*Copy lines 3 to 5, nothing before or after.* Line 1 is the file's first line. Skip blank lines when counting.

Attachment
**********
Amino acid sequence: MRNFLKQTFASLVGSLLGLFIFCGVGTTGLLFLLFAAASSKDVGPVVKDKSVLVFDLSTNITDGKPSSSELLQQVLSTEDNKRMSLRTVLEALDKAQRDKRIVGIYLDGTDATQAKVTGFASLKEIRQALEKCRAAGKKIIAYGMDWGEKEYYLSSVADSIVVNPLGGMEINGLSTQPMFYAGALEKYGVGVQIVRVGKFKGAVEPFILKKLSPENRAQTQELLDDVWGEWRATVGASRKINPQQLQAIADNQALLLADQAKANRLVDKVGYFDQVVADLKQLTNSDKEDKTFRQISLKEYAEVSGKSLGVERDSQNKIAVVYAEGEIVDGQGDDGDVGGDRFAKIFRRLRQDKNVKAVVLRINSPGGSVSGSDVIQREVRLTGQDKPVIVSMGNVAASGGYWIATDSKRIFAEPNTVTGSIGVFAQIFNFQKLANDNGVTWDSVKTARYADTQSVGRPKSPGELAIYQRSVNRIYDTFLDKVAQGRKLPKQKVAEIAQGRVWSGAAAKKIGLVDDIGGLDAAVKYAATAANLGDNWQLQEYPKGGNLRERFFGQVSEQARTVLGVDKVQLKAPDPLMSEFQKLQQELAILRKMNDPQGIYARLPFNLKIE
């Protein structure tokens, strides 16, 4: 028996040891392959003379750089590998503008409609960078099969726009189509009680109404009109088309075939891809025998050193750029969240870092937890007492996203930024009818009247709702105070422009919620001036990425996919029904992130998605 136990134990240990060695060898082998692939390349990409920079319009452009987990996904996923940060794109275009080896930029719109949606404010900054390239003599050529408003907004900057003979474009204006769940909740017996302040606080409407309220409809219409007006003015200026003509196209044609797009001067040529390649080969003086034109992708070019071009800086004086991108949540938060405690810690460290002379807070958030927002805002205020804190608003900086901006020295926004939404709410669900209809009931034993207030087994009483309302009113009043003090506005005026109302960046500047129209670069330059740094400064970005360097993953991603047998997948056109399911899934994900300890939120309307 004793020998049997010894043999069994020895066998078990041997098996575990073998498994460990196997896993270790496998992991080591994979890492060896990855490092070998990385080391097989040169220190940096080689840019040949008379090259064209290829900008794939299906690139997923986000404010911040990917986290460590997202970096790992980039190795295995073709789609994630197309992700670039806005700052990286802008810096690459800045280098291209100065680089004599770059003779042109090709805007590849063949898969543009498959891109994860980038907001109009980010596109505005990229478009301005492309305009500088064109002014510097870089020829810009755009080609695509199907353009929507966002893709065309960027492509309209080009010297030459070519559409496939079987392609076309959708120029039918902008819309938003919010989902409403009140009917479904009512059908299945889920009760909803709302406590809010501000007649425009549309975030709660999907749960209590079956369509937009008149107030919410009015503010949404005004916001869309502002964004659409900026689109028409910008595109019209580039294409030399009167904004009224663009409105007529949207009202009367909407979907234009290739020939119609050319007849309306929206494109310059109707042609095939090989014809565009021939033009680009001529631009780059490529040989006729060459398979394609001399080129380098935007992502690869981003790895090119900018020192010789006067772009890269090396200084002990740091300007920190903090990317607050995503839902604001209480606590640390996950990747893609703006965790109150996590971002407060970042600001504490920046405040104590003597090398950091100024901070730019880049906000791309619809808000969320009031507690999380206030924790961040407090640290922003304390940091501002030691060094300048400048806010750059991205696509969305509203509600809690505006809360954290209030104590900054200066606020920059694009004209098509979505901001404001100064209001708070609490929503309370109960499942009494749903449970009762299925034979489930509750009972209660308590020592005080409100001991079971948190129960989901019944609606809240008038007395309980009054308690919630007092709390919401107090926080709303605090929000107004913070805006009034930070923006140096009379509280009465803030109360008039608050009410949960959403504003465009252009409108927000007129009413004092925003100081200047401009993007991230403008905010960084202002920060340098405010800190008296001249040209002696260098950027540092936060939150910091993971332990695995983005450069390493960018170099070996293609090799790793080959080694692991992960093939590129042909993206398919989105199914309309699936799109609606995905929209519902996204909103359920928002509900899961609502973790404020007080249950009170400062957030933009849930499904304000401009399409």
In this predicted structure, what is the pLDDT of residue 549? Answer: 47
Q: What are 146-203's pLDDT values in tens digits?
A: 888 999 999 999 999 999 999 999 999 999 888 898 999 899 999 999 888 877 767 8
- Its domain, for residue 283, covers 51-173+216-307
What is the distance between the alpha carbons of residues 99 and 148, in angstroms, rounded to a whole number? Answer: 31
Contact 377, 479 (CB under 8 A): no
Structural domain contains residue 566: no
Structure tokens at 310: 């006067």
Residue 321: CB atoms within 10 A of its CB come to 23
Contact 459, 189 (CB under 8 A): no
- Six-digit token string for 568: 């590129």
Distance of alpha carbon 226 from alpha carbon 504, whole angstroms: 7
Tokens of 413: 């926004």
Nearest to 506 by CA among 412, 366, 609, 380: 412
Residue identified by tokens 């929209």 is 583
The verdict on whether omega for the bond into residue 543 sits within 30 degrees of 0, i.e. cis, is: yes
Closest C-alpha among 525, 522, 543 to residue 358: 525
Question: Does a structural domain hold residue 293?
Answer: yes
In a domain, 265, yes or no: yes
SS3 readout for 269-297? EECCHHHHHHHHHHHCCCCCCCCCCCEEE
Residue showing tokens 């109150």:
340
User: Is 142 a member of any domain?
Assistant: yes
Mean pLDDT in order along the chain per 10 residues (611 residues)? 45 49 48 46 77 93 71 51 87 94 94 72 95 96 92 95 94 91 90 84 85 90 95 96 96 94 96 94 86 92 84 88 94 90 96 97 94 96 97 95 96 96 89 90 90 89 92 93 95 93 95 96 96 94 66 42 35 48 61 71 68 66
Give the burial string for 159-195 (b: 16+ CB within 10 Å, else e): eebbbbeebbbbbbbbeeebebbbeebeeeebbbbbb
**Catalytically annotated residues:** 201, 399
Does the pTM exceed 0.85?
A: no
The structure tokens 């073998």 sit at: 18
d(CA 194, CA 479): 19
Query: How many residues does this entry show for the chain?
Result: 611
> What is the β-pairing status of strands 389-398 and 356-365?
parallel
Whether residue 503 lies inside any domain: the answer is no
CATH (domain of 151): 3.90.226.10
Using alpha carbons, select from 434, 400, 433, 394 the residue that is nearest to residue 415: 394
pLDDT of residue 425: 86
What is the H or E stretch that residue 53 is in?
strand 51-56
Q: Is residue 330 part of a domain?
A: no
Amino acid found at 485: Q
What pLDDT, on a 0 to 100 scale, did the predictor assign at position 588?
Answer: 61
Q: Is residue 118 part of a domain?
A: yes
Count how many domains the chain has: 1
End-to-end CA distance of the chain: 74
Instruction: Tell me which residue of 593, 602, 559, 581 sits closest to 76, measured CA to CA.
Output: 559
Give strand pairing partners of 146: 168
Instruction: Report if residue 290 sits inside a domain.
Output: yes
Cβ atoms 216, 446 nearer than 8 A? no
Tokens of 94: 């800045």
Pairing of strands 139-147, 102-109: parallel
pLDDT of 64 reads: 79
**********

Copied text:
In this predicted structure, what is the pLDDT of residue 549? Answer: 47
Q: What are 146-203's pLDDT values in tens digits?
A: 888 999 999 999 999 999 999 999 999 999 888 898 999 899 999 999 888 877 767 8